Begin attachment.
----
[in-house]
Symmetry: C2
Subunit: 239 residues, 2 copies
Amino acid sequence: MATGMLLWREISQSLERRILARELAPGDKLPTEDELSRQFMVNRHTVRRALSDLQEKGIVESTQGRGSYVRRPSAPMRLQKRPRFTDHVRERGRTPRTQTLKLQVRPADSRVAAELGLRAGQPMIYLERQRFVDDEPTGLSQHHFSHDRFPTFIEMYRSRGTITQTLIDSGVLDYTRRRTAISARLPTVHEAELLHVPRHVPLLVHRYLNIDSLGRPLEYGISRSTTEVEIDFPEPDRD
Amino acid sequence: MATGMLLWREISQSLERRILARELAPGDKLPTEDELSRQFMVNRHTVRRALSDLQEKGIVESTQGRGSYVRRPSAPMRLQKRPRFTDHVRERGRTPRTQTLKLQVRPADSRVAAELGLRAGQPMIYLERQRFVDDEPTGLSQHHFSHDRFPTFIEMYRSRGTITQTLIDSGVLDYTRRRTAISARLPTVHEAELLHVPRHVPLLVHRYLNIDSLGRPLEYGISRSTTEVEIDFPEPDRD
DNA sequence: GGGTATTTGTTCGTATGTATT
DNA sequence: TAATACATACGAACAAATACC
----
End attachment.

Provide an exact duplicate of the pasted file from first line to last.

[in-house]
Symmetry: C2
Subunit: 239 residues, 2 copies
Amino acid sequence: MATGMLLWREISQSLERRILARELAPGDKLPTEDELSRQFMVNRHTVRRALSDLQEKGIVESTQGRGSYVRRPSAPMRLQKRPRFTDHVRERGRTPRTQTLKLQVRPADSRVAAELGLRAGQPMIYLERQRFVDDEPTGLSQHHFSHDRFPTFIEMYRSRGTITQTLIDSGVLDYTRRRTAISARLPTVHEAELLHVPRHVPLLVHRYLNIDSLGRPLEYGISRSTTEVEIDFPEPDRD
Amino acid sequence: MATGMLLWREISQSLERRILARELAPGDKLPTEDELSRQFMVNRHTVRRALSDLQEKGIVESTQGRGSYVRRPSAPMRLQKRPRFTDHVRERGRTPRTQTLKLQVRPADSRVAAELGLRAGQPMIYLERQRFVDDEPTGLSQHHFSHDRFPTFIEMYRSRGTITQTLIDSGVLDYTRRRTAISARLPTVHEAELLHVPRHVPLLVHRYLNIDSLGRPLEYGISRSTTEVEIDFPEPDRD
DNA sequence: GGGTATTTGTTCGTATGTATT
DNA sequence: TAATACATACGAACAAATACC